Evanston’s Economic Development Committee Tuesday night unanimously recommended that the City Council direct the city manager to negotiate an agreement for Smylie Bros. Brewing Co. to expand into the city’s former recycling center on Oakton Street.
Alderman Melissa Wynne, who chaired the meeting, said the proposal “sounds really exciting” and, noting plans to stress energy efficiency in developing the new brewery, said, alluding to the new Walgreen’s on Chicago Avenue, that it “would be fantastic to have two net zero buildings” in Evanston.
Alderman Melissa Wynne.
Michael Smylie, president of the family-controlled company that runs the existing brewpub on Oak Avenue downtown, said he wasn’t sure the new project could meet the net zero standard but that it offers opportunities — because of its location in a relatively open area — of including wind power and both photovoltaic and thermal solar energy options.
He said that at the Oak Avenue site “we’re seeing 125 to 150 degree water coming off the roof” which means the conventional water heaters there are hardly used. “It’s basically free energy once you pay the up-front cost,” Smylie added.
Johanna Nyden of the city’s economic development staff said the city issued a request for potential developers of the recycling center site to demonstrate their qualifications for such a project.
It received three responses. Two were from what the staff deemed qualified entities, Nyden said, and Smylie Bros. was the one that best met the city’s objective of creating a “destination-oriented use with dining and entertainment opportunities.”
Smylie Bros. listed in its proposal a team of architects and engineers that have worked on several other successful craft brewery projects in the Chicago area and that were involved in developing the existing Smylie Bros. site.
Alderman Ann Rainey, whose 8th Ward includes the recycling center, said, “This is one of the best put-together teams for a project I’ve ever seen.”
Alderman Ann Rainey.
Referring to earlier proposals to have a non-profit group that likely would have needed substantial financial support from the city take over the recycling center for a youth sports facility, Rainey said the earlier proposals “looked like a noose around the city’s neck.”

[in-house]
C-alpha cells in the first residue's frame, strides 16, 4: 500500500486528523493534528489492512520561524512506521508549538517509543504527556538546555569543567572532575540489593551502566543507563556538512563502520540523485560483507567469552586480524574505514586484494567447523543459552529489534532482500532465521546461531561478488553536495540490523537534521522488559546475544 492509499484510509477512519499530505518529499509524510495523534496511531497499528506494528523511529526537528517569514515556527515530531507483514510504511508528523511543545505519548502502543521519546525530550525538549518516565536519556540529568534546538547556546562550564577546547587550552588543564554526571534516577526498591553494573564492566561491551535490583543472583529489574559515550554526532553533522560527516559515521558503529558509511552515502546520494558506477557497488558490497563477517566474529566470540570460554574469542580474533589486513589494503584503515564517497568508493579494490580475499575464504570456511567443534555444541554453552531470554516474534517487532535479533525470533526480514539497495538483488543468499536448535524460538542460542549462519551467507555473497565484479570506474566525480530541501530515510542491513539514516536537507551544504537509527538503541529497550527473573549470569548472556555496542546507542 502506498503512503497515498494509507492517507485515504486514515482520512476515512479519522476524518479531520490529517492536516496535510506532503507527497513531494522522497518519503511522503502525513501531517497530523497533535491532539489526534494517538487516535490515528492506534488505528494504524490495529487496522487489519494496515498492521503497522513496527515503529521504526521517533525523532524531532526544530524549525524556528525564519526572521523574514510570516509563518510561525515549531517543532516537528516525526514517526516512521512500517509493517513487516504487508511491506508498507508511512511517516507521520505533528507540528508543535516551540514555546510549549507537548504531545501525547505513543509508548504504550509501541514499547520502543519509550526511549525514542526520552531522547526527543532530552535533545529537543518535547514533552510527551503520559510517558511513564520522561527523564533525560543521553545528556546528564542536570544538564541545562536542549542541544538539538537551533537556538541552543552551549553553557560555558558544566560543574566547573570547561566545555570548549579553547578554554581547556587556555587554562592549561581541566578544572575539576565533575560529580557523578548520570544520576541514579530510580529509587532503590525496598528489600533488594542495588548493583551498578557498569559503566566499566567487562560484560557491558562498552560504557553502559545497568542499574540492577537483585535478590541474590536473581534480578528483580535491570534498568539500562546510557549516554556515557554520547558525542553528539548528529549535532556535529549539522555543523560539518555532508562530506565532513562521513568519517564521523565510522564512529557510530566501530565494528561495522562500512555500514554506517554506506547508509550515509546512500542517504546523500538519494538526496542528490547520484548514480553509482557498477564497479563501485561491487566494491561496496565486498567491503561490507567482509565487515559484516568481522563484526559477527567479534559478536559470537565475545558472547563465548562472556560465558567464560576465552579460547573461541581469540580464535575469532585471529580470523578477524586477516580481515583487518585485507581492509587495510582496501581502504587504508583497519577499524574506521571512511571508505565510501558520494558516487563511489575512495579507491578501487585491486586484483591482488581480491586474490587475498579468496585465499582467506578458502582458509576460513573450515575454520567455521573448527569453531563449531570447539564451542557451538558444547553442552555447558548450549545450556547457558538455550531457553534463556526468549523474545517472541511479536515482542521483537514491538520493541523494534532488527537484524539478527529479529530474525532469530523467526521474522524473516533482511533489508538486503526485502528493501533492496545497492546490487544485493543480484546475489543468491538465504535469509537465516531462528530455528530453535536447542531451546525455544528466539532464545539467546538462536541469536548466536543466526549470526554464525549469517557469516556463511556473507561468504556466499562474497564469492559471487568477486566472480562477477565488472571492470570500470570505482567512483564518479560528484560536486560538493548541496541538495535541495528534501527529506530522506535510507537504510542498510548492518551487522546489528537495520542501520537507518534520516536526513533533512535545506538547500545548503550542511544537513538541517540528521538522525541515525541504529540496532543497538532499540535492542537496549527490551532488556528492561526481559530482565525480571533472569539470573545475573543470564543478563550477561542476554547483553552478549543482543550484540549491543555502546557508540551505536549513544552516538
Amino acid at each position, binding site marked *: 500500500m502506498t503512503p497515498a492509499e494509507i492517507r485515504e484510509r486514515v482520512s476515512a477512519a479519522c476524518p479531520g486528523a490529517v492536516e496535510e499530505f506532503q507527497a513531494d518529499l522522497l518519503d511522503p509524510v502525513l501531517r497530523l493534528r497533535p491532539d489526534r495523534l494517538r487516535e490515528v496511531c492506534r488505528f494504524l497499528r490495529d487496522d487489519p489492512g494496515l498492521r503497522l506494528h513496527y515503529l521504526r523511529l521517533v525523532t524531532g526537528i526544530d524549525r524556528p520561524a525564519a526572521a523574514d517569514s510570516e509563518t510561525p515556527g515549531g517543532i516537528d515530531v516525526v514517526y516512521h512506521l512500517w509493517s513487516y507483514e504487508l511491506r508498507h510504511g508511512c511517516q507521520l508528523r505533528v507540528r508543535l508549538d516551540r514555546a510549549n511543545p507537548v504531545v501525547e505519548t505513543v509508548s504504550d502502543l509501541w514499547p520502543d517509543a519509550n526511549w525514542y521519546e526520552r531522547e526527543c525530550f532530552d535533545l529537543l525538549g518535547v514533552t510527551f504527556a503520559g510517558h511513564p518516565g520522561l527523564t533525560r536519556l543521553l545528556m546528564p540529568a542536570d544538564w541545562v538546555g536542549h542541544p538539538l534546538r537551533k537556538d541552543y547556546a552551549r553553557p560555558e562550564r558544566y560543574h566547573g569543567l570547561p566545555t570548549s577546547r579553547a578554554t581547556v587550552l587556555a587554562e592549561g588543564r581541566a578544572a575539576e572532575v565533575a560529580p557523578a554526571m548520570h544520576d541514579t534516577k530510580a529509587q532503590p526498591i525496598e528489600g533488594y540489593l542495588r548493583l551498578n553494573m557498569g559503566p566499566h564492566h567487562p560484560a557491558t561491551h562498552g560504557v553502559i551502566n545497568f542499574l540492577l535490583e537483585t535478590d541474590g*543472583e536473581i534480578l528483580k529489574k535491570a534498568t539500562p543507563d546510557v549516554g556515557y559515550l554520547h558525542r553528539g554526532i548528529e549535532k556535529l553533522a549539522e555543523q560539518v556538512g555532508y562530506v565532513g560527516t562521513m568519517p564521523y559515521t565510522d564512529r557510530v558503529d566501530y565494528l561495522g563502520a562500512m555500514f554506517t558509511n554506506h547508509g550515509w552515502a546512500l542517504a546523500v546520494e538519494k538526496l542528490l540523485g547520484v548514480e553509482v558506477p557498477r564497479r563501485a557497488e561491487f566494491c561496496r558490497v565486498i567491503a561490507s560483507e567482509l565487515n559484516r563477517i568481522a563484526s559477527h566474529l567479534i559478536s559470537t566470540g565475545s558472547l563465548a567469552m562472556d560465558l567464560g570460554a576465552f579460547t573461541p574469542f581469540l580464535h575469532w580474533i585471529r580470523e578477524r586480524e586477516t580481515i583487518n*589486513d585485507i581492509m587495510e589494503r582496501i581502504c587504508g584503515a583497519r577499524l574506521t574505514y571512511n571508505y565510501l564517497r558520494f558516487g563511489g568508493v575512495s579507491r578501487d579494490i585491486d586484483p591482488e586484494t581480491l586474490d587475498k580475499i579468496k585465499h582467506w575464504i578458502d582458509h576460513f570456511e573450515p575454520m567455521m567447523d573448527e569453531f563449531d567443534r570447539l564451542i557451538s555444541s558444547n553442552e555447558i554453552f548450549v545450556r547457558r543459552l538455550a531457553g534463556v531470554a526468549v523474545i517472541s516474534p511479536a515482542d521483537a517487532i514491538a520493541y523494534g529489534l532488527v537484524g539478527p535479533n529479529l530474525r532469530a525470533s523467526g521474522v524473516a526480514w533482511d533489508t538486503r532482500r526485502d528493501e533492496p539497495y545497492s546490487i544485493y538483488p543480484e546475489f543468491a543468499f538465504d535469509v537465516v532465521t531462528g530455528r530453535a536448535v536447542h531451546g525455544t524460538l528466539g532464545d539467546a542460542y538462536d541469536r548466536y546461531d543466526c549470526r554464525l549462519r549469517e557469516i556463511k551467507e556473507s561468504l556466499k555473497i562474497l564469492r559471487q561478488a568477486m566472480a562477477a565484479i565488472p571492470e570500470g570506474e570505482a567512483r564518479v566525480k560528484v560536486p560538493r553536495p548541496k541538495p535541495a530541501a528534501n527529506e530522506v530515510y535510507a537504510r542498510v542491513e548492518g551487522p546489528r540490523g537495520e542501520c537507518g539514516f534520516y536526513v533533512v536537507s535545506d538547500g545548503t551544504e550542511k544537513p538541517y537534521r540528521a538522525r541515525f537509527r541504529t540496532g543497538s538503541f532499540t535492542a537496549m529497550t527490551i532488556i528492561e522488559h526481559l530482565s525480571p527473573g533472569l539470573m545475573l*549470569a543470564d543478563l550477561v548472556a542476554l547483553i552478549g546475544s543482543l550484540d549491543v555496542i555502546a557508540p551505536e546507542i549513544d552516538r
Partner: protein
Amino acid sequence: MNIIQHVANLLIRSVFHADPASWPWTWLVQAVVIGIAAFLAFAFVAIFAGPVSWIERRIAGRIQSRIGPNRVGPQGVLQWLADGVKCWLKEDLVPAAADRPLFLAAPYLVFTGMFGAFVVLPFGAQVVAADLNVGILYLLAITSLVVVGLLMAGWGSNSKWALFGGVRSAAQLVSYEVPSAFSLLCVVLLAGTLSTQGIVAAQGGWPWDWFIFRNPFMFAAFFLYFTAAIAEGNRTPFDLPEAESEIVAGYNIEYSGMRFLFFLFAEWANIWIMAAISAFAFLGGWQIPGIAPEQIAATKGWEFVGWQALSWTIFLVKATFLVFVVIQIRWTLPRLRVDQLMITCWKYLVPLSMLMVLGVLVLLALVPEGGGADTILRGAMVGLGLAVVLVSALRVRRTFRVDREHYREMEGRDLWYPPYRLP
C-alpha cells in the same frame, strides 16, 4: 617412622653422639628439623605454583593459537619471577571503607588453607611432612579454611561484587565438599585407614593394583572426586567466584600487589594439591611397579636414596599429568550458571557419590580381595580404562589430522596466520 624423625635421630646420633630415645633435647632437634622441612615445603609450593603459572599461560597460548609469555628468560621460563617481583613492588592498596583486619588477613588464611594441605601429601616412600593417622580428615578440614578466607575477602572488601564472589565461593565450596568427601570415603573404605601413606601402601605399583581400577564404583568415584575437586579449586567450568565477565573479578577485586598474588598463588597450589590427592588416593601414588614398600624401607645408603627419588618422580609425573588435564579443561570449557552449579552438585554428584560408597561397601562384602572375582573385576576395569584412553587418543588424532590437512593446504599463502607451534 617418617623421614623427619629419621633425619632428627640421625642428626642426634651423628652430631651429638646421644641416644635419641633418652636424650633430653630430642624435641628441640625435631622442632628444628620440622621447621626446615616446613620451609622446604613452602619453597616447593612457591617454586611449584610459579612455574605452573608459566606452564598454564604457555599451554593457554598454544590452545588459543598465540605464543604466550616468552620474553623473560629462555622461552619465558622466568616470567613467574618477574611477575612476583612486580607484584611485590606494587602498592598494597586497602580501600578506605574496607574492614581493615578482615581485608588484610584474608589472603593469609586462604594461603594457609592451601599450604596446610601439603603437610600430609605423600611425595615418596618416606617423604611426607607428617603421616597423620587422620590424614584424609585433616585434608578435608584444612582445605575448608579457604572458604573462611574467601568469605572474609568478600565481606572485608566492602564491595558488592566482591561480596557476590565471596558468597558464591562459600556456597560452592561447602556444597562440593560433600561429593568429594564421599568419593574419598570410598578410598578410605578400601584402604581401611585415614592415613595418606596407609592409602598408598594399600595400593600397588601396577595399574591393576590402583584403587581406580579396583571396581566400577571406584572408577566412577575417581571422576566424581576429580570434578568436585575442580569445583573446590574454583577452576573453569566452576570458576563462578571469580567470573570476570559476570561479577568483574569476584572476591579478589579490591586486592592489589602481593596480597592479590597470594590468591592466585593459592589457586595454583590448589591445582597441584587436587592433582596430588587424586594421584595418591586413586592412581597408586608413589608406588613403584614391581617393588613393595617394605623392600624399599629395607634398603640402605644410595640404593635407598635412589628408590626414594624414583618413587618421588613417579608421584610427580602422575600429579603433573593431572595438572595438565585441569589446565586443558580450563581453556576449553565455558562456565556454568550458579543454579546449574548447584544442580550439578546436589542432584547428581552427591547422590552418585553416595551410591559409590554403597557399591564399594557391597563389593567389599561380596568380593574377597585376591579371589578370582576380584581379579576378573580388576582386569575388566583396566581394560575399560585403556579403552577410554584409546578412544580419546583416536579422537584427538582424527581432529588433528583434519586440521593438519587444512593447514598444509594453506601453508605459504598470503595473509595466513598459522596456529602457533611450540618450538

And, referring to the lakefront mansion that the city leased for decades to a non-profit for $1 a year, she added, “I don’t want another Harley Clarke on Oakton.”
Nyden said staff concluded that rather than go ahead with the next stage of the review process and request formal proposals from would-be developers, the city should, assuming the City Council approved, move directly to negotiating an agreement with Smylie Bros.
Skipping that step means many aspects of a final agreement remain uncertain — including whether the company would lease the recycling center or purchase it from the city.
Alderman Jane Grover, 7th Ward, noted that at one time the city had hoped to see a bowling alley at the recycling center site, but said “this is even better than what we might have imagined for the space.”
“I hope this will be a catalyst for bringing in other youthful recreation and entertainment program that we’ve had in mind for a long time for Evanston,” Grover said.
Alderman Mark Tendam, 6th Ward, said that with a lot of new development happening on the other side of McCormick Avenue in Skokie, “this will be a big draw to get people to cross over and spend more money in Evanston.”
And Smylie added that he anticipates the new brewery would also bring in customers from the Andersonville and Rogers Park neighborhoods in Chicago.
Smylie Bros. wants recycling center (7/6/15)